I’m a snowbird. Do I need to change my insurance?
Like to travel to warmer weather for several months out of the year? We don’t blame you. Before leaving for your extended vacation, however, make sure you have the necessary insurance coverage. Your coverage needs will vary depending on your answers to several questions, including:
- Will you take your vehicle with you?
- How long will you be staying in a different state?
- Which state will be your second home?
Explain your situation to your current agent or carrier to determine whether extra coverage is needed. You might be able to purchase temporary coverage, or you might not need any additional coverage at all. It all depends on each state’s requirements.
How Moving Affects Your Home Insurance
Will my home insurance rate change when I move?
Home insurance premiums vary by state and the characteristics of your actual dwelling. Depending on the area and the cost of your home, your new home insurance rate might be more or less than what you are currently paying. Don’t automatically assume that moving to a safer neighborhood qualifies you for a better home insurance rate. Rates are determined by zip code, not neighborhood.
Will my coverage be the same if I move to a different state?
Check with your current insurer to determine whether you can transfer policies or will need to find a new insurance company. Standard home insurance is similar across most states, although pricing varies widely. Some states are more prone to natural disasters, and if you’re moving to such a state, additional coverage should be purchased. For example, Oregon is considered an earthquake state, and additional coverage is recommended.
What do I need to tell my insurance company?
When you call for a new quote, the agent will walk you through a detailed questionnaire to determine an accurate rate. Here are a few questions the insurance company will likely ask.
- What is your new zip code?
- Is your home inside or outside city limits?
- How far is your home from the nearest fire hydrant?
- How far is your home from the nearest fire station?
- What is the name of the fire protection provider?
- Is your home located within 2,000 feet of a shoreline?
- Does the home have dead bolts? Smoke detectors? A sprinkler system? An active security system monitored by an alarm company?
- Does your new home have a pool? A trampoline?
- Do you need to change your personal property coverage?
- What is the closing date and move-in date?
- You may also have to provide details of the home’s construction and features.
Are your possessions covered while moving?
This depends on your coverage. Many policies will cover your possessions in your home, a moving truck, or the back of your minivan. Call your current provider to determine what and how much is covered.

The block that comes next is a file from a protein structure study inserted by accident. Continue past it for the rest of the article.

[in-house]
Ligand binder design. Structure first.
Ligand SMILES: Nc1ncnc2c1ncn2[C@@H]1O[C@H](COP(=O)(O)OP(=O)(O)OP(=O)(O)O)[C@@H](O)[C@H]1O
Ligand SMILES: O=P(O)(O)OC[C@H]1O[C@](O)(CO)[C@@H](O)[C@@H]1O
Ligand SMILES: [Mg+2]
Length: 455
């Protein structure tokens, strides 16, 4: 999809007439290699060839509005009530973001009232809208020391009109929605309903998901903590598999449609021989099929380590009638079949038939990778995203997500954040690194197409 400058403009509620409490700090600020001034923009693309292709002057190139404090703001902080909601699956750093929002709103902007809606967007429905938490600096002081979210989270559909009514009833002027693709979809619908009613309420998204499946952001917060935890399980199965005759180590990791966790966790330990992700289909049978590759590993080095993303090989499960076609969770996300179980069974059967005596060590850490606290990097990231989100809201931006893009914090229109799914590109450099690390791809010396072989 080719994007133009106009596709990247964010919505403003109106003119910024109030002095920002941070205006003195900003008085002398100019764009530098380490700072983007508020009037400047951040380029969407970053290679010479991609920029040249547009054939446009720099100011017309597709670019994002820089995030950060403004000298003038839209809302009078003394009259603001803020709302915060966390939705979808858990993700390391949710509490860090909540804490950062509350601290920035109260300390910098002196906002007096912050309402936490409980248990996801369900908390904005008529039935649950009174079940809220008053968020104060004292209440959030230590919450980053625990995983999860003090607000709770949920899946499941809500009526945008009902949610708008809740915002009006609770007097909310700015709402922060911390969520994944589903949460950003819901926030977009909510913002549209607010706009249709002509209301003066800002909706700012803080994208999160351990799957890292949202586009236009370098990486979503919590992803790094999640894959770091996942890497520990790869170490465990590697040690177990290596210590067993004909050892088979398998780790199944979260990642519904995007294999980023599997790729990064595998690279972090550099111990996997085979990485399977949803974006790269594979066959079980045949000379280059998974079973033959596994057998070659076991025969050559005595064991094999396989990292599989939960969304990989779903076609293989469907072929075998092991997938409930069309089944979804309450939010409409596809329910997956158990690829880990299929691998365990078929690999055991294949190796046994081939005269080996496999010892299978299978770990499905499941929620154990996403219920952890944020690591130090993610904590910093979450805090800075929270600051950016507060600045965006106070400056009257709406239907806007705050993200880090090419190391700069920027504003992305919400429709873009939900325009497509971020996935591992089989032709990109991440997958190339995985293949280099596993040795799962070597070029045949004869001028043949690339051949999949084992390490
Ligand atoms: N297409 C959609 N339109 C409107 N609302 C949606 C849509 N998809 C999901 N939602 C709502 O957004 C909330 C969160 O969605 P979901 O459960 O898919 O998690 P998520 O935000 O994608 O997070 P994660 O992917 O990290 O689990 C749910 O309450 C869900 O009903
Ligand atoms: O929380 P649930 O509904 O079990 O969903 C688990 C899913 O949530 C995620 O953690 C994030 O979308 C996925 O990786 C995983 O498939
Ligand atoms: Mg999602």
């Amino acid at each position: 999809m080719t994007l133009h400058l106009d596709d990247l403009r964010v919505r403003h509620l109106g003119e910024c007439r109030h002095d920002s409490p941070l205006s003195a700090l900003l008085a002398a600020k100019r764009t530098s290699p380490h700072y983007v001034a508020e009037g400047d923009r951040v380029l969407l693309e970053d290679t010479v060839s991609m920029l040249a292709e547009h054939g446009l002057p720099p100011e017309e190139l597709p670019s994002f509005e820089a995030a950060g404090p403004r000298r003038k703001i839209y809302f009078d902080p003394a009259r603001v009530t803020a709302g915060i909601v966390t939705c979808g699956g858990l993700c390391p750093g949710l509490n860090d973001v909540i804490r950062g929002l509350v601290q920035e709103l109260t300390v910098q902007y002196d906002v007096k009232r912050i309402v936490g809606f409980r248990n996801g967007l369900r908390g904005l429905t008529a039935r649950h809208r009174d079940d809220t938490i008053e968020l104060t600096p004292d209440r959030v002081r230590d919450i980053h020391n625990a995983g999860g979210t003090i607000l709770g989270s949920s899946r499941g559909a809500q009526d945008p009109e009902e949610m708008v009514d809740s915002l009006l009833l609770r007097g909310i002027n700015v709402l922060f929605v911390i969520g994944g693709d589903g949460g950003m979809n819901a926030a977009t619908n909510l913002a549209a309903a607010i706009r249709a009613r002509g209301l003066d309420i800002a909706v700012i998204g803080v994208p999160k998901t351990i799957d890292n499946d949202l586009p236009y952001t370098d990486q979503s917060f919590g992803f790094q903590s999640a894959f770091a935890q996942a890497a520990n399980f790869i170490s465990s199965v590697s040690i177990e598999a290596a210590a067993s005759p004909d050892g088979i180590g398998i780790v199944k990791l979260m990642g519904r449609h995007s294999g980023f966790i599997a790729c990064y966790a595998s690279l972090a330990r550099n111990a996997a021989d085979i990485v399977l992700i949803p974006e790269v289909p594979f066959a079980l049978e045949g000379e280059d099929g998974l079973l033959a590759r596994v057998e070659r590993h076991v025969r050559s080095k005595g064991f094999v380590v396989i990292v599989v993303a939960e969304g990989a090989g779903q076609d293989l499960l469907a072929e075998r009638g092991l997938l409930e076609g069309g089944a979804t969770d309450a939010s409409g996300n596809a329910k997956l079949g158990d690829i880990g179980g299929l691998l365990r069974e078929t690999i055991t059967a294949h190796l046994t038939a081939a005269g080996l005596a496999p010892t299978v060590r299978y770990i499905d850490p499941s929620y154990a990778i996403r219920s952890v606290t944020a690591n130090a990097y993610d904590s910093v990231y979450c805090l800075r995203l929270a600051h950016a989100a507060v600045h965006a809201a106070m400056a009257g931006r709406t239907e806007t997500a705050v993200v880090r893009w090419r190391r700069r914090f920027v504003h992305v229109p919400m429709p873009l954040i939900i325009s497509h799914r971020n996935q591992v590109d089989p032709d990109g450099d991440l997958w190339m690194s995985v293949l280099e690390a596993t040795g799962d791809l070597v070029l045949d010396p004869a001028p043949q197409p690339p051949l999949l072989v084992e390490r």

If your possessions are not covered, you might be able to purchase coverage through your moving company. Pay attention to how much will be covered and purchase additional protection if necessary.
How do I prevent gaps in my home insurance?
You don’t want any gaps in your home insurance, especially if you are relying on that insurance to cover your personal belongings when you move. Your insurance agent can help you time the cancellation of your old policy to make sure there are no gaps. Plan for delays in the home buying and selling processes, and speak to your insurer about what you should do if your old house ends up sitting on the market.
Do I still need home insurance if I am moving into a condo/rental home/apartment/assisted living facility?
You will not need home insurance, but you will need condo insurance, renters insurance, or assisted living resident insurance. Remember that even if you no longer need to protect your dwelling itself (as is the case when you move into a rental or assisted living facility), you do still need to protect your personal property from damage and yourself from liability.
If you move into a condo, be sure you understand the details of your agreement with the condo association so that you can discuss your insurance needs and purchase the right coverage from your insurance company.
Although your moving to-do list might be a mile long, don’t put off insurance changes until the last minute. The last thing you want is to have a gap in your coverage or miss a major registration deadline.
KEEP READING: Understanding the Basics of Insurance